An international team of astronomers has discovered a hot terrestrial planet orbiting the rapidly-rotating low-mass star TOI-540.
TOI-540 is an M-type dwarf star located 45.7 light-years away in the constellation of Pictor.
Otherwise known as 2MASS J05051443-4756154 and UCAC4 211-005570, the star is only 16% the mass of the Sun, 19% of its radius, and is between 100 million and two billion years old.
TOI-540 is highly magnetically active, and has a flare rate that is consistent with other stars of a similar mass and rotation period.
“With a rotation period of 17.4 hours, TOI-540 is rotating more rapidly than TRAPPIST-1, the only other rapidly-rotating planet host within 49 light-years,” said lead author Kristo Ment from the Harvard & Smithsonian Center for Astrophysics and his colleagues from Canada, Chile, the United Kingdom, and the United States.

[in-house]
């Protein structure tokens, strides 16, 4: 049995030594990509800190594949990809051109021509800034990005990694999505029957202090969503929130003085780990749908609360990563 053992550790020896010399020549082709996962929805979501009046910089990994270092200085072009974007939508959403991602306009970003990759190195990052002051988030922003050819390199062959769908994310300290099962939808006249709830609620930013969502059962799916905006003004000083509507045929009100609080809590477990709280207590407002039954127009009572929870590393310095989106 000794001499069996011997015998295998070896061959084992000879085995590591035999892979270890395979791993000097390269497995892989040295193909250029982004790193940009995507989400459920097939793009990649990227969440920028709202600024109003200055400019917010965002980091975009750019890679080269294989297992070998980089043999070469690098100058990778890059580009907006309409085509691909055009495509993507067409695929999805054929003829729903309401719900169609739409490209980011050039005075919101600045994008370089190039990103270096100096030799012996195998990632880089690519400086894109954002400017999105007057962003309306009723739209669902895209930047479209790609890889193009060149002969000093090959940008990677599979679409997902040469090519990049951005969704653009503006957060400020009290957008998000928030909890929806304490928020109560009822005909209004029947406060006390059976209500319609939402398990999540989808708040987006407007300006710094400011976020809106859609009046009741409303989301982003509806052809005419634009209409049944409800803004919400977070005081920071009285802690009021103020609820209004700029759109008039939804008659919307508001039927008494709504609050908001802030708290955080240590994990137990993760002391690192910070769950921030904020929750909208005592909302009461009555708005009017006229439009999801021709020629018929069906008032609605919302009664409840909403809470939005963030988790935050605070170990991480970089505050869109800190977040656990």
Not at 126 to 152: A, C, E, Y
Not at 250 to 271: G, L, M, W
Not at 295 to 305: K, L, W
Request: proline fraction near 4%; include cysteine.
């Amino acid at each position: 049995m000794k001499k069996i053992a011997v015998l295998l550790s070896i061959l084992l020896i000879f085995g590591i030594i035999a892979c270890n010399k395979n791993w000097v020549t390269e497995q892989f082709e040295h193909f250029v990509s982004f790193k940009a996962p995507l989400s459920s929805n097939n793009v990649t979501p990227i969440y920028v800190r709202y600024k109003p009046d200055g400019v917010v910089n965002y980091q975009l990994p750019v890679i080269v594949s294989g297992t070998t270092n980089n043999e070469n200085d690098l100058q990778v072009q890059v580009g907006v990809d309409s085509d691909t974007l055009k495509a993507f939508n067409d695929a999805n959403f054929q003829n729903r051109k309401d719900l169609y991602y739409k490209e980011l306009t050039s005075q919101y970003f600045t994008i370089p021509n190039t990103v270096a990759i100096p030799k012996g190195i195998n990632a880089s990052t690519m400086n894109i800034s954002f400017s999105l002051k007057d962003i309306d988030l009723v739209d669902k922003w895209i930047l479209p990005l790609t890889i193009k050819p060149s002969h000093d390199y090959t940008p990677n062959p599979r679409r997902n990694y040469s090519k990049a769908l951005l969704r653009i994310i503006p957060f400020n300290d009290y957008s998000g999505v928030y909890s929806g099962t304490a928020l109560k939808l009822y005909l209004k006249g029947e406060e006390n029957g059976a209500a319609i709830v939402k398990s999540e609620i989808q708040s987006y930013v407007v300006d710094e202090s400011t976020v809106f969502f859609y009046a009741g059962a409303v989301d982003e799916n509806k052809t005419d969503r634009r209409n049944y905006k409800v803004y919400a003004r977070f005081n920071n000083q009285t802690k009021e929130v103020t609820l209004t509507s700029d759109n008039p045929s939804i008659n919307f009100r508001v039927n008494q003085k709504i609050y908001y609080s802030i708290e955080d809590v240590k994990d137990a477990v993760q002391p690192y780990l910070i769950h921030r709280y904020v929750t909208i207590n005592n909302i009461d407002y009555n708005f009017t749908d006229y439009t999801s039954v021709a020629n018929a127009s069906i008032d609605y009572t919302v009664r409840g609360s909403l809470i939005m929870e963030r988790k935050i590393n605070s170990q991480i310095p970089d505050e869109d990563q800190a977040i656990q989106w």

The newly-discovered planet, dubbed TOI-540b, completes a trip around its parent star once every 1.24 days.
It has a radius of 0.9 Earth radii, slightly less than that of Venus, an estimated mass of 0.7 Earth masses and a density of 5.2 g/cm3.
The planet is likely to be hot — it receives 23.4 times the total radiation from its host star than Earth does from the Sun, and 3.5 times more than Mercury does, equating to a surface temperature of 338 degrees Celsius (640 degrees Fahrenheit).
TOI-540b was discovered in photometric data from NASA’s Transiting Exoplanet Survey Satellite (TESS).
Follow-up observations with the MEarth-South telescope array at the Cerro Tololo International Observatory in Chile confirmed the transits of the planet.
“TOI-540b is a prime target for transmission spectroscopy to study a potential high mean molecular weight atmosphere, if indeed such an atmosphere can be retained in close proximity to an active M-dwarf,” the astronomers said.
Kristo Ment et al. 2020. TOI 540 b: A Planet Smaller than Earth Orbiting a Nearby Rapidly Rotating Low-mass Star. AJ, in press; arXiv: 2009.13623